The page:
Nzingha (1582-1663) was a very good military leader, who waged war against the slave-hunting Europeans for more than thirty years. Nzingha was of Angolan descent, but she became an inspiration to African people everywhere. During the reign of her brother, King Ngola, she was sent to represent him at a peace conference with the Portugese. The Govenor refused to give her a seat, so she defied him by sitting on the back of one of her attendants. When her brother died, she became ruler of Ndongo in his place.
Queen Nzingha was a member of the Jagas, a military group who formed a human shield of protection against the Portugese slave traders. As a visionary political leader, competent and self-sacrificing, she was completely devoted to the resistance movement. One Portugese officer described her as “cunning and prudent….so generously valiant that she never hurt a Portugese after quarter was given and commanded all her servants and soldiers alike.” She formed alliances with other foreign powers, setting them against one another to free Angola of European influence. Using her knowledge of European customs and religion, she formed valuable alliances with the Dutch, who wanted to end the slave trade of Africans by the Portugese. She possessed both masculine toughness and feminine charm, using them both as each situation required. She declared that every slave who escaped to Ndongo would be free.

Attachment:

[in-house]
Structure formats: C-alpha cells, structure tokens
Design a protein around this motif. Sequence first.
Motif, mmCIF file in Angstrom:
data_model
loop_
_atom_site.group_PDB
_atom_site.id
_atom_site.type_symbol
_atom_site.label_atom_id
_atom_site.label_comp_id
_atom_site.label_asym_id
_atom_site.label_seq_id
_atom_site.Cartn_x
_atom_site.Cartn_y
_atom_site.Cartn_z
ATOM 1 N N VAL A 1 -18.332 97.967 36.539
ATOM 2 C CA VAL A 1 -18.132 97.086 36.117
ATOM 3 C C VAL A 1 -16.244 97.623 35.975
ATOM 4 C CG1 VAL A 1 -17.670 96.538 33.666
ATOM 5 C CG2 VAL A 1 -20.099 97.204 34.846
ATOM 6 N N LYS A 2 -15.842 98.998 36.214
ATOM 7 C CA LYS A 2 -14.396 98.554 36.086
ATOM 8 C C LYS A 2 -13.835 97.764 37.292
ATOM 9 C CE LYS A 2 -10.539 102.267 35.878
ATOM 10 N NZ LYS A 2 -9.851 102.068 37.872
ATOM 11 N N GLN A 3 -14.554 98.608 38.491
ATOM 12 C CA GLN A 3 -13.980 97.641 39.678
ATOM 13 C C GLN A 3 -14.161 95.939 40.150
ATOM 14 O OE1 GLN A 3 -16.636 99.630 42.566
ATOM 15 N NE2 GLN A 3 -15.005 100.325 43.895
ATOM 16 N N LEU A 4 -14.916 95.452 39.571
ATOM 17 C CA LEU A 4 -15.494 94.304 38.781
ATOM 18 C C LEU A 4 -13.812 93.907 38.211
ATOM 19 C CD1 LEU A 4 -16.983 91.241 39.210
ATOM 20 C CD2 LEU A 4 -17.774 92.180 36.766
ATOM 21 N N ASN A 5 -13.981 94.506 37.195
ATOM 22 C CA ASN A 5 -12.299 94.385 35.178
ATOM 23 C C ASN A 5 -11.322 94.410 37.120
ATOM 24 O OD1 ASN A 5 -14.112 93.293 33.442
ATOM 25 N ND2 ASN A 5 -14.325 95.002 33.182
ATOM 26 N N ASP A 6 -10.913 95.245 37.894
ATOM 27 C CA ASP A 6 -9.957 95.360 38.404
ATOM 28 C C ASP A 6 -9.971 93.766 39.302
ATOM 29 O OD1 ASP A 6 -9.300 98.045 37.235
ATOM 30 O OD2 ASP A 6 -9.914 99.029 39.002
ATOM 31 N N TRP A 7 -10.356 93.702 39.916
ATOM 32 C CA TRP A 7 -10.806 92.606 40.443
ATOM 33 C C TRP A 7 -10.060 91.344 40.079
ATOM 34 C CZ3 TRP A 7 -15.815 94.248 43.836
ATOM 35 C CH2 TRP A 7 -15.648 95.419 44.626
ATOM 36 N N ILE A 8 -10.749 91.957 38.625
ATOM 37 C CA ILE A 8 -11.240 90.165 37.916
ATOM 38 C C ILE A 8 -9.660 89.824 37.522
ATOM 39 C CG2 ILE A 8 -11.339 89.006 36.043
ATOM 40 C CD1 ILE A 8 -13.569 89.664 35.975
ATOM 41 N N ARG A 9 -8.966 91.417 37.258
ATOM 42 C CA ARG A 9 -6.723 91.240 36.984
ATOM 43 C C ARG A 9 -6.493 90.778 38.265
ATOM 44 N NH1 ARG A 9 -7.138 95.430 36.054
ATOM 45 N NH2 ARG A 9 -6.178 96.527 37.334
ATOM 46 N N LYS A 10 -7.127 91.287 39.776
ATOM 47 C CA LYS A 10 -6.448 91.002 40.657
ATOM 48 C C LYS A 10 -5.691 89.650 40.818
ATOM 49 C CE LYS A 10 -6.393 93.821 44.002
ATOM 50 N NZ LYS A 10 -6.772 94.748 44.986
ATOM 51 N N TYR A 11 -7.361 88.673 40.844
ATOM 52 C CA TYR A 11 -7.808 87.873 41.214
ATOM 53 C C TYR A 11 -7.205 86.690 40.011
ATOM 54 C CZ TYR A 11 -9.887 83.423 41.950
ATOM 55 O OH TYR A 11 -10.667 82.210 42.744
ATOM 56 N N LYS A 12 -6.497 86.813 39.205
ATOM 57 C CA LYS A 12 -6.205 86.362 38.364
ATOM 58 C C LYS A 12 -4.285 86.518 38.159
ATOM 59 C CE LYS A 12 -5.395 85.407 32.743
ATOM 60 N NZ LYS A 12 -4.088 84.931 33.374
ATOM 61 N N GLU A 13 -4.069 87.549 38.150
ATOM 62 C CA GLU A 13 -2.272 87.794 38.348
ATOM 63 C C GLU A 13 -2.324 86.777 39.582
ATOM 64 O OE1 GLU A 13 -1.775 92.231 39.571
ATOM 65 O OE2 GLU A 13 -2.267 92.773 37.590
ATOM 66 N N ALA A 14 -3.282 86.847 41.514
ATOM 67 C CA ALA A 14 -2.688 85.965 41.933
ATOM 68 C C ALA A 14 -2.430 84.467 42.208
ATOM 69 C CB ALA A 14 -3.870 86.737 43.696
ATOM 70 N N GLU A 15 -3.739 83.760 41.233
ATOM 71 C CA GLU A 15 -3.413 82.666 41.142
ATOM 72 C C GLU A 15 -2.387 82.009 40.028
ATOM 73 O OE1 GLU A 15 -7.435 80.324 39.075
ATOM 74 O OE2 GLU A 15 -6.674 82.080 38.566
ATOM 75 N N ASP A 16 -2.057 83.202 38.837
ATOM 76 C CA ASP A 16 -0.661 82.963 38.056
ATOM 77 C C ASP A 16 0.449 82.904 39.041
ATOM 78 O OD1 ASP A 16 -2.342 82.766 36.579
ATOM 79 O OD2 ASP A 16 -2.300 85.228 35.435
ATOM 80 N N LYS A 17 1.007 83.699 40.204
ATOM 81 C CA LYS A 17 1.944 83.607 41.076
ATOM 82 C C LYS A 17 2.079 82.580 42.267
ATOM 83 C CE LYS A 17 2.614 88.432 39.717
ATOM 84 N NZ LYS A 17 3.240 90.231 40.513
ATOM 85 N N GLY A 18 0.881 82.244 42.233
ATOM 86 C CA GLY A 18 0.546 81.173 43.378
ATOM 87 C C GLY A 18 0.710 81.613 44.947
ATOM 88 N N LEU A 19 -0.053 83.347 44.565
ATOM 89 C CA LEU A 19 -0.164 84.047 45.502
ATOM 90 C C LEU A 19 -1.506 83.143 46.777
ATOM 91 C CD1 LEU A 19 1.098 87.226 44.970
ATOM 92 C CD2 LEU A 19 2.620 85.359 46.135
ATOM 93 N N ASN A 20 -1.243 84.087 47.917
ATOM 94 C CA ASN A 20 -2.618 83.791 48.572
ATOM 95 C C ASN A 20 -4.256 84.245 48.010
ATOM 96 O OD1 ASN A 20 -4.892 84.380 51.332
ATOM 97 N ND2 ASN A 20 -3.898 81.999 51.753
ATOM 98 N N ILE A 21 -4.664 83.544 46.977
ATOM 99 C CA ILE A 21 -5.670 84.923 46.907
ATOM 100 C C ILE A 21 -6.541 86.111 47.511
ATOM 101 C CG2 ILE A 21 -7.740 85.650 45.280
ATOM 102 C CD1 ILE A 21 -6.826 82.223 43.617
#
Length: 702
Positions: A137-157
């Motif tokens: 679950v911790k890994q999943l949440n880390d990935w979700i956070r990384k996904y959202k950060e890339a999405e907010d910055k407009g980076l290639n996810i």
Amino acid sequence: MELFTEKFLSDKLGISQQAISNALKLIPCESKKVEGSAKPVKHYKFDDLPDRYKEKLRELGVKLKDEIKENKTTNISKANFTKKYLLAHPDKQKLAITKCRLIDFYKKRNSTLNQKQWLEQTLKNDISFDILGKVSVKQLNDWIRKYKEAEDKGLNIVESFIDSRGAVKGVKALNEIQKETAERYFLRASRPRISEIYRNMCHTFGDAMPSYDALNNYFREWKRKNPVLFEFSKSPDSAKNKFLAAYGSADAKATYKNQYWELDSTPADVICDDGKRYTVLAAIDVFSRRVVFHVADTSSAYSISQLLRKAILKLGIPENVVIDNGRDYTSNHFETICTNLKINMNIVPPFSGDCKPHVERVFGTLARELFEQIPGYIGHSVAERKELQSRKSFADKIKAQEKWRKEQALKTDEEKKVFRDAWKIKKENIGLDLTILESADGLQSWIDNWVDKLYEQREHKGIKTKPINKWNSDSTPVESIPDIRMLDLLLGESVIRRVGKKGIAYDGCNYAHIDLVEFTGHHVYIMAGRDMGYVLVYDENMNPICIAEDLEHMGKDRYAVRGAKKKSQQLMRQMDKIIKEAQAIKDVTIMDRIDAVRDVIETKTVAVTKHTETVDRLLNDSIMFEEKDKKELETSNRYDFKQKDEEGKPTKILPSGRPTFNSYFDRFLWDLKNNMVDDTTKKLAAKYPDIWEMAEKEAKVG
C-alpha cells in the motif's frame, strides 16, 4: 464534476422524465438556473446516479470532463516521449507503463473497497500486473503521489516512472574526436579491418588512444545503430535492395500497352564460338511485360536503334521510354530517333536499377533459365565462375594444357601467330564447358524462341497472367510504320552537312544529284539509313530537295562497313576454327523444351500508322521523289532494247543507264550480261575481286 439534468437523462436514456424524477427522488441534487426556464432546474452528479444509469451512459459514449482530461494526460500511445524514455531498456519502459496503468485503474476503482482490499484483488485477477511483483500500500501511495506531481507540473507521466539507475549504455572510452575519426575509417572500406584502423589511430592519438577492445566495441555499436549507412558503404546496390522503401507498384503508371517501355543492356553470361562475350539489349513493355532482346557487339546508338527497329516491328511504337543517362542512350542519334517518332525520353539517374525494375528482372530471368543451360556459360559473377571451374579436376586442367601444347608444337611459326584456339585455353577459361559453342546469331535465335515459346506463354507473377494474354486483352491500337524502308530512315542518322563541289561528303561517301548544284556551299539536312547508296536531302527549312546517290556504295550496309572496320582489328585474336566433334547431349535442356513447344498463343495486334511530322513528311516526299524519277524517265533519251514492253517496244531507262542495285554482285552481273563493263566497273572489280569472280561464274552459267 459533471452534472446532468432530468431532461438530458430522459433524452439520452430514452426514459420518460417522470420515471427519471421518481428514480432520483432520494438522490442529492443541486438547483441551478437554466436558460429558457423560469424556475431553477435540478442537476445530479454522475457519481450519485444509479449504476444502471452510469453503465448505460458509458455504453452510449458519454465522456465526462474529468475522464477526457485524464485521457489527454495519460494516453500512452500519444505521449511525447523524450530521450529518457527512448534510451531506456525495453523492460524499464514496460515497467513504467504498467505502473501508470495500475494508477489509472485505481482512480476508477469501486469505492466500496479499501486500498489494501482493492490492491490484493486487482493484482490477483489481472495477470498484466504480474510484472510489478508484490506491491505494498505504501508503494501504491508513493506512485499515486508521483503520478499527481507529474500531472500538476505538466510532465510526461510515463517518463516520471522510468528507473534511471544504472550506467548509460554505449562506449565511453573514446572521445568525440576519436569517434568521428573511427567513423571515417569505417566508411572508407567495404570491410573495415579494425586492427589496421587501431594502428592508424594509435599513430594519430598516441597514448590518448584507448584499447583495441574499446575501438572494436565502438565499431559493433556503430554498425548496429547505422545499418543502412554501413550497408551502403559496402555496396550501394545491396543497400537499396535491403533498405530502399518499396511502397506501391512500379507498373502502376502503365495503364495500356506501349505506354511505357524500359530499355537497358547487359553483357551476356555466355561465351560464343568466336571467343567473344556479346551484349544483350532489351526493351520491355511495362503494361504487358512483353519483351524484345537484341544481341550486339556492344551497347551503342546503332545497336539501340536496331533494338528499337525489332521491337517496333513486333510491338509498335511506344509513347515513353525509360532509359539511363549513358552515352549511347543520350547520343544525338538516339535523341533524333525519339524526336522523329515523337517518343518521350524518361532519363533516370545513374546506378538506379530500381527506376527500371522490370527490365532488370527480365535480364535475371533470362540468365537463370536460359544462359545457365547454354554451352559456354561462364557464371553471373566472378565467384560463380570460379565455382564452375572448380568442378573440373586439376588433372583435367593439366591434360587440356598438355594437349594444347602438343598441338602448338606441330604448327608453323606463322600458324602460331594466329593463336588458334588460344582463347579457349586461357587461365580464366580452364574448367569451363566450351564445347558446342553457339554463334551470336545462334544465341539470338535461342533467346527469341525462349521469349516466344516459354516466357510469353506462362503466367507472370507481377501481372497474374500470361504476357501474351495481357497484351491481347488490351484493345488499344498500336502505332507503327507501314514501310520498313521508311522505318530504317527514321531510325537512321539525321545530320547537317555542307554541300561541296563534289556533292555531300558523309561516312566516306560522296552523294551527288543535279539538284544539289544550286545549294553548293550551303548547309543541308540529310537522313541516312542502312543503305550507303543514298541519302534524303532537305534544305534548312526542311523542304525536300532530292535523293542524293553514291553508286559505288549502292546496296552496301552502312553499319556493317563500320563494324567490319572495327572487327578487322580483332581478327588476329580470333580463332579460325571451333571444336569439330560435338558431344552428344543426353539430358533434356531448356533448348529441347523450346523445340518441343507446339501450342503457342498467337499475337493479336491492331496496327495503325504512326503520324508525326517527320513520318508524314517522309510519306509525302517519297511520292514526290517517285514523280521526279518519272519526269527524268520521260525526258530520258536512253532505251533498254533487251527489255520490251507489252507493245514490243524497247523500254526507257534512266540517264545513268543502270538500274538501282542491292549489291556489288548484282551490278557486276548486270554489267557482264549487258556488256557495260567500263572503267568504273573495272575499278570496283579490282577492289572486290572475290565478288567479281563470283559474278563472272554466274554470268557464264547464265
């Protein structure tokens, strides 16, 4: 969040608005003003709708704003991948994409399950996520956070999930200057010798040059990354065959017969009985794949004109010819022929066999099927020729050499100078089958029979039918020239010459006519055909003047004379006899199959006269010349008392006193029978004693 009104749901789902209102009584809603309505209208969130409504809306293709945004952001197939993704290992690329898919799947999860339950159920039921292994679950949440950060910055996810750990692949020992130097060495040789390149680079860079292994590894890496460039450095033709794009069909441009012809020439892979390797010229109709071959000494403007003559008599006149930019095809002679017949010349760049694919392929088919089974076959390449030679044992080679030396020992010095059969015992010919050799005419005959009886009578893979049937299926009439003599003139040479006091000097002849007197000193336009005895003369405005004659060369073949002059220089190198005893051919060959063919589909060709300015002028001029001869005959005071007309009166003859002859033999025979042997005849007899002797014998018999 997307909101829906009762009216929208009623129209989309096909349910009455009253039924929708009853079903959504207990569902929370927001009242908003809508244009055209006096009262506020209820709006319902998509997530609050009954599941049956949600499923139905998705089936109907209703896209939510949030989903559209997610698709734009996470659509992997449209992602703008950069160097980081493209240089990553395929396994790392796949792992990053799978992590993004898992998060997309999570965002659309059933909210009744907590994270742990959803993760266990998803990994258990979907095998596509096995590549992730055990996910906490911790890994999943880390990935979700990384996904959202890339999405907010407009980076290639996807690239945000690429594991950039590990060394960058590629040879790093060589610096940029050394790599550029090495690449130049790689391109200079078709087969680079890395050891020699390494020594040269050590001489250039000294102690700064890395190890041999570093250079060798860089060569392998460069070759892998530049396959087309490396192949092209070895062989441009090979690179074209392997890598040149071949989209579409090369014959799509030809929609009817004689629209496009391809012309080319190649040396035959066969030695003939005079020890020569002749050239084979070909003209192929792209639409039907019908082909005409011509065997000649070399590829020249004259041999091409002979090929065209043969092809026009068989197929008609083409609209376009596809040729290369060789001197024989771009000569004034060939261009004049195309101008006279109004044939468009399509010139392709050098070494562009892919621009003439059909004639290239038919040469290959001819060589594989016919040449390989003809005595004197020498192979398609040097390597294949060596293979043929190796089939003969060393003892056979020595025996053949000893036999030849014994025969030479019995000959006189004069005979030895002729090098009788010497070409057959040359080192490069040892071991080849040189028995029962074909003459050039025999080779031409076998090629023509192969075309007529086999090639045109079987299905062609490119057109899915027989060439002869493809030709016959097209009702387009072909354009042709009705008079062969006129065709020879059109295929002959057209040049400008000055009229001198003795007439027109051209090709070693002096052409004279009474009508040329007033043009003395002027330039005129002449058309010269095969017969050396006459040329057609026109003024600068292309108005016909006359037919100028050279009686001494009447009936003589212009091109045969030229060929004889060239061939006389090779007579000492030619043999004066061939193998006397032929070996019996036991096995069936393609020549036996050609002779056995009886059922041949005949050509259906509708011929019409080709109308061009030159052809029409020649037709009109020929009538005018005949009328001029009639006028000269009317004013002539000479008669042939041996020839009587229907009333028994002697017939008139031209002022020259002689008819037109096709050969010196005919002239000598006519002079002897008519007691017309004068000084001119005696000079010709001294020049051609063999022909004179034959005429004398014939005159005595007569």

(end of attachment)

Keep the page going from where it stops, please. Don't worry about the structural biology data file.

Her death in 1663 opened the door for massive Portugese slave trading. Yet her struggle had awakened and encouraged others to take up the struggle against the invaders. Nzinga proved to be a capable leader. Although she is no longer with her people in body, Nzingha’s spirit of intelligence, bravery and determination lies within each woman.